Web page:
Youth radio hammered over World Trade Centre digital photo

Digitally-enhanced photographs are becoming a popular feature of many consumer Web sites, with uses ranging from marketing and promotion to reader competitions. However, the use of a particularly sensitive image to promote a branding exercise for Australia's publicly-funded youth radio network has sparked outrage, fuelled by articles and polls run on some of the country's dominant news Web sites.

Digitally-enhanced photographs are becoming a popular feature of many consumer Web sites, with uses ranging from marketing and promotion to reader competitions. However, the use of a particularly sensitive image to promote a branding exercise for Australia's publicly-funded youth radio network has sparked outrage, fuelled by articles and polls run on some of the country's dominant news Web sites.

To promote a Beat the Drum competition -- a contest whereby listeners are encouraged to display the network's logo in prominent places -- Triple J posted on its Web site an image of the logo strung between the still-standing twin towers of the World Trade Centre.

The image was one of six digitally enhanced photographs of world icons, such as the Sydney Opera House and the Eiffel Tower in Paris, adorned with the drum logo.

However, use of the image has sparked outrage, with the News Ltd site news.com.au and the Publishing and Broadcasting's ecorp--Microsoft venture ninemsn.com.au running articles and polls on the radio network's move. Both polls ask whether the move is "insensitive". By early afternoon, on both polls, the yes responses outweigh the no replies by a small margin.

A source inside Triple J told ZDNet Australia   said the photos were not placed in the Web site to get more traffic or feedback from people or to be "provocative."

Instead, they were aiming to "encourage participants to think big for the competition."

The competition requires participants to take the drum logo and "expose it to as many people as possible as creatively as possible."

Triple J marketing manager Louis Rogers told ZDNet Australia  that as far as they knew there was only one person who complained about the image since it was posted on Friday. Rogers said they do not agree with the complainant's position and that they will not be taking the photo down.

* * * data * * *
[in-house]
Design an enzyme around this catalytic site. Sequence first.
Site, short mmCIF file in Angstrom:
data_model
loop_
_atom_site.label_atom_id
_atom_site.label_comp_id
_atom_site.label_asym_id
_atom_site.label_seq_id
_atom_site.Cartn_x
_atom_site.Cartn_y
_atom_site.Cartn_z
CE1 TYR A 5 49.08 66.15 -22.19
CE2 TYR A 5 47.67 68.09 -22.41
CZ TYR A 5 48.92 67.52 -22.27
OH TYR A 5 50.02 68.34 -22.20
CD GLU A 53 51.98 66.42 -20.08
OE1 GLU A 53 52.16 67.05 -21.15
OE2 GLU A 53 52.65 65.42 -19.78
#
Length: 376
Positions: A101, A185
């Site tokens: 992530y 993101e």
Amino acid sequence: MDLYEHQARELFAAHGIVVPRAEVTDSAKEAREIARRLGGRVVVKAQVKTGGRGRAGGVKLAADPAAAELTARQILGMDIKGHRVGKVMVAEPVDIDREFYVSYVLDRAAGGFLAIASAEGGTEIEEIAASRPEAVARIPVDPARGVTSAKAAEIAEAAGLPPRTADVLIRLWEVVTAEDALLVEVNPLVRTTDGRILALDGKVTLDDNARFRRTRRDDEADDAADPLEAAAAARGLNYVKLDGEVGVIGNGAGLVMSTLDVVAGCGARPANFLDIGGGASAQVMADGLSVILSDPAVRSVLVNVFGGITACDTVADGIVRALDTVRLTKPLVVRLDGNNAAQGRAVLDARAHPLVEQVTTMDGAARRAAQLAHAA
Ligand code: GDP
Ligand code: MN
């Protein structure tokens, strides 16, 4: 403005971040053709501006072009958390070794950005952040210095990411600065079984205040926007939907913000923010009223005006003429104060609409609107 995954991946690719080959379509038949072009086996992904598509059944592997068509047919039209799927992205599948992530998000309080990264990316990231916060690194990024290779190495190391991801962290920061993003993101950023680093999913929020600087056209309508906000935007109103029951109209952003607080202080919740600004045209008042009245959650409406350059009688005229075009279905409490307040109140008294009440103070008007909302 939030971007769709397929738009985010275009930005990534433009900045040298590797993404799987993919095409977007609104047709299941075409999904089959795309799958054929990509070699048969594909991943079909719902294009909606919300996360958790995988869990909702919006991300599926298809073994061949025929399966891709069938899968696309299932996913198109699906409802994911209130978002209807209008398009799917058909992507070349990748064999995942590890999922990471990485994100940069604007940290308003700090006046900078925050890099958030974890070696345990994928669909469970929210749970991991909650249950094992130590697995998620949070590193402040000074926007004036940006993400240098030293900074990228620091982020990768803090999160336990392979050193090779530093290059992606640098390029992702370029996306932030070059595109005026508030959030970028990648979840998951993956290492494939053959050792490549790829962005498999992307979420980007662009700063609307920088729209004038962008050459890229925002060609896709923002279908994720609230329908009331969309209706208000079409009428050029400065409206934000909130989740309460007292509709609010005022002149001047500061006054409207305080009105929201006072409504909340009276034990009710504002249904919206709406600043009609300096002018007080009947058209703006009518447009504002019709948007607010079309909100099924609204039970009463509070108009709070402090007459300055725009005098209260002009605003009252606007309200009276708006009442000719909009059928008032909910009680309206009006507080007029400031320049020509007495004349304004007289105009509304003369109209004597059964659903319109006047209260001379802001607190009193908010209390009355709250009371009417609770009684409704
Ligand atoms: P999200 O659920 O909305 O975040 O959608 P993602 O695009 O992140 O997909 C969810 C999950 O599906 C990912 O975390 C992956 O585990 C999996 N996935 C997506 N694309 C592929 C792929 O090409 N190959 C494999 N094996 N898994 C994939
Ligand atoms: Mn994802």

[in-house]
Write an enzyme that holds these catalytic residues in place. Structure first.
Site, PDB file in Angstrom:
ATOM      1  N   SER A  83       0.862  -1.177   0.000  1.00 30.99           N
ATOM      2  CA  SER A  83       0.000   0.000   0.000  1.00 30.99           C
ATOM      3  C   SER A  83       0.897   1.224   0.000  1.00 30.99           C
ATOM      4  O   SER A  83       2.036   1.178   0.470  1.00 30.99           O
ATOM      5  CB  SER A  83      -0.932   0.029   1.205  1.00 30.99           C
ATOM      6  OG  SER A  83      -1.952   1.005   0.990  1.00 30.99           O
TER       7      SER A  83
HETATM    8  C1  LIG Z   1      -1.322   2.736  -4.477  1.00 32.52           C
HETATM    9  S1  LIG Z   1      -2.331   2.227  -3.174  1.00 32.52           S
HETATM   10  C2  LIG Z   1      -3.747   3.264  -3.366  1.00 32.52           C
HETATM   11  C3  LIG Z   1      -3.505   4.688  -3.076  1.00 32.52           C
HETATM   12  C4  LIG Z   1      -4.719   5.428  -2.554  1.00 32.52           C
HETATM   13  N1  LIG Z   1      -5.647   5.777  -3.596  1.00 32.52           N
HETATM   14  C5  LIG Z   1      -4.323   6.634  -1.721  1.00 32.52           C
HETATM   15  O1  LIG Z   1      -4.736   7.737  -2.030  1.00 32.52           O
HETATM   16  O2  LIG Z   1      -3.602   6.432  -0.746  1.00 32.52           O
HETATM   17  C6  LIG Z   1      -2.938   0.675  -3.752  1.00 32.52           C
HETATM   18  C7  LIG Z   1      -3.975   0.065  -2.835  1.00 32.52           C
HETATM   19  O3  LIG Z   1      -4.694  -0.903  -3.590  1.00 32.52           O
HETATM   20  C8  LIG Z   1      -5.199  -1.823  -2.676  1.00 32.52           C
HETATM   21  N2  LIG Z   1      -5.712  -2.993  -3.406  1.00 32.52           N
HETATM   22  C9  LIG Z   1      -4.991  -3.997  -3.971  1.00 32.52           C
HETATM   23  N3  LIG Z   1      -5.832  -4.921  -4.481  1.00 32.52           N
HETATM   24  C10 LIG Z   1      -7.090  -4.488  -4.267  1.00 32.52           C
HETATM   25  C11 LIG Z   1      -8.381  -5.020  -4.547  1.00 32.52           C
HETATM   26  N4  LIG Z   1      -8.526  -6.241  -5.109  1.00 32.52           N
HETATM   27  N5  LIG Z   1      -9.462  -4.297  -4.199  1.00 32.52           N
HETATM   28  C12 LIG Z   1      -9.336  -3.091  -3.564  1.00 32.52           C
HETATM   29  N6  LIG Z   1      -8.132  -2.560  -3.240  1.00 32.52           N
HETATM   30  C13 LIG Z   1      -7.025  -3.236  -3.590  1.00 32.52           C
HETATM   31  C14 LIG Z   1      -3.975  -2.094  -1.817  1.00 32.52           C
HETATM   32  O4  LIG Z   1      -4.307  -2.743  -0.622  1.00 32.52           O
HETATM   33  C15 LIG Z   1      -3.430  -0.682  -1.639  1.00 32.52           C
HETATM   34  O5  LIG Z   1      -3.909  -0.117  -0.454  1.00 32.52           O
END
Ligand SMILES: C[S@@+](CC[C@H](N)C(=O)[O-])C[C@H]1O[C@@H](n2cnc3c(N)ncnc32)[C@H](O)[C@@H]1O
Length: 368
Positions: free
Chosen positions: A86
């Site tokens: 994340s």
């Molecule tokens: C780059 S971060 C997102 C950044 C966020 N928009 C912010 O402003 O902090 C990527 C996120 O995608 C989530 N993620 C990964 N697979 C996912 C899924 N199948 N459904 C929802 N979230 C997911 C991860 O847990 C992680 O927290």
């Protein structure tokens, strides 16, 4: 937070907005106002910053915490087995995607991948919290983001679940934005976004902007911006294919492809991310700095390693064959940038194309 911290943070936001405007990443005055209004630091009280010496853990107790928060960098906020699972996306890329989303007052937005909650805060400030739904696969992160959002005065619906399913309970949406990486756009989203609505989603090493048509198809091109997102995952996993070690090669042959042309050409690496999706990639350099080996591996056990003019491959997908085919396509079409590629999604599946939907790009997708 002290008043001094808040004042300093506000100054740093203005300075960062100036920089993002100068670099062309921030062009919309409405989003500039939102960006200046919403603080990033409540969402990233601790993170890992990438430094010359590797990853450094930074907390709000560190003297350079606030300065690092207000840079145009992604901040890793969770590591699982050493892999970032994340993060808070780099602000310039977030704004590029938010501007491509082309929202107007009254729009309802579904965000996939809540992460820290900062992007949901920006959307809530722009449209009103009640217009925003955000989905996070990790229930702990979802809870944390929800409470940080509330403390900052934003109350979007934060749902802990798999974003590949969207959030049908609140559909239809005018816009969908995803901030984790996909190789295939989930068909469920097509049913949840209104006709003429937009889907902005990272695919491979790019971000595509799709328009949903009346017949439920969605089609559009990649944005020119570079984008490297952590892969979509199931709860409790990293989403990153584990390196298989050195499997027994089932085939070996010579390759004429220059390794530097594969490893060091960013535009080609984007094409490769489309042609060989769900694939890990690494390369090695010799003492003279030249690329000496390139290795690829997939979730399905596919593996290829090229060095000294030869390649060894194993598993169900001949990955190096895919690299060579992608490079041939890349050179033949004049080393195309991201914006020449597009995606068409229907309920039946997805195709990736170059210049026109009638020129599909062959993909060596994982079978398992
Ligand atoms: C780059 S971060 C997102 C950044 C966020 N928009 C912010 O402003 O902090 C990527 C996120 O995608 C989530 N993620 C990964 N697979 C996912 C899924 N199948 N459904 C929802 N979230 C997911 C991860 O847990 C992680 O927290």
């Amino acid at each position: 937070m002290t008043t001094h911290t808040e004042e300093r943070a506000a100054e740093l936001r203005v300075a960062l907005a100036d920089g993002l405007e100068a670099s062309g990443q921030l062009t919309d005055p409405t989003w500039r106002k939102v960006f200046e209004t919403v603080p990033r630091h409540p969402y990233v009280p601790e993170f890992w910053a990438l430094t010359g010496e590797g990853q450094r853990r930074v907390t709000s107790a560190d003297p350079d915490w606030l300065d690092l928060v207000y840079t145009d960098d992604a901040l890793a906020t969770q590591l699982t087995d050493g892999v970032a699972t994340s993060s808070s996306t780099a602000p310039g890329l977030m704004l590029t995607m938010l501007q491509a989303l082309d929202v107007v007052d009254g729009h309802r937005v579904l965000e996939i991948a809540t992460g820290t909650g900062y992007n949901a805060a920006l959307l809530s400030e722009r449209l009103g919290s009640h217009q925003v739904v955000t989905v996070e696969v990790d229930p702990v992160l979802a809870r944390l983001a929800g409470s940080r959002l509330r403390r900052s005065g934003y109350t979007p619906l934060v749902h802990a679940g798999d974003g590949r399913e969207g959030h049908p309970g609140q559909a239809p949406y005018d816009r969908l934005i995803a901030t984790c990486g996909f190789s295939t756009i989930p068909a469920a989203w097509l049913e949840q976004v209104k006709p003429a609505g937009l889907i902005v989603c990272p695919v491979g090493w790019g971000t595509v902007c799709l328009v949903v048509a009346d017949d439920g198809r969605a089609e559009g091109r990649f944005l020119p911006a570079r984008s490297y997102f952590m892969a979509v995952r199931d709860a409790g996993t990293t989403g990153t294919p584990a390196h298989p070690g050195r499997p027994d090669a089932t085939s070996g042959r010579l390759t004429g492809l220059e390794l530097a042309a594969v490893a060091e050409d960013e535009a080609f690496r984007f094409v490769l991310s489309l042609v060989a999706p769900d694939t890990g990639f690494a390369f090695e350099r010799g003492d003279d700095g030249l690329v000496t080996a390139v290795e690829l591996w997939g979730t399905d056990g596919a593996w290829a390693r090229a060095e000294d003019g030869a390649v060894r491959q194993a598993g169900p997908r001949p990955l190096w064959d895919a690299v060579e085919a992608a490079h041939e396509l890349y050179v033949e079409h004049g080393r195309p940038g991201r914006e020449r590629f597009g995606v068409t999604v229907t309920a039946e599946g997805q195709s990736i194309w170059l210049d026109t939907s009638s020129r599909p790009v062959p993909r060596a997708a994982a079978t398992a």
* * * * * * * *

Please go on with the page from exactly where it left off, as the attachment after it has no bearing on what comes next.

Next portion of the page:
"The purpose was to stimulate creativity in the minds of triple J's listeners, and to acknowledge the unlimited resourcefulness of our audience," Rogers said.

Rogers said the digitally altered photo was created internally and the station's management was aware that the twin towers were being used as a promotion.

The managing director of interface designing company Hiser Group, Susan Wolfe, said Triple J's use of the twin towers photo was "really poor taste and very tacky."

"It's very inappropriate. You would think their marketing folks would filter this sort of thing. I think it would be the right thing to do to take it down since all the other digitally altered photos already get the point across," Wolfe said.

Wolfe added that with people having the tools to play around with photos, it is very easy to alter images and use them in Web sites. However, she said, these images should also adhere to legal limits and, on this case, use images that are not emotionally charged.

The use of digital photographs is a popular tool among many leading Web sites. The football sub-site of leading United Kingdom news Web site Guardian Unlimited is one, frequently asking readers to send in digitally doctored photographs of major football personalities.

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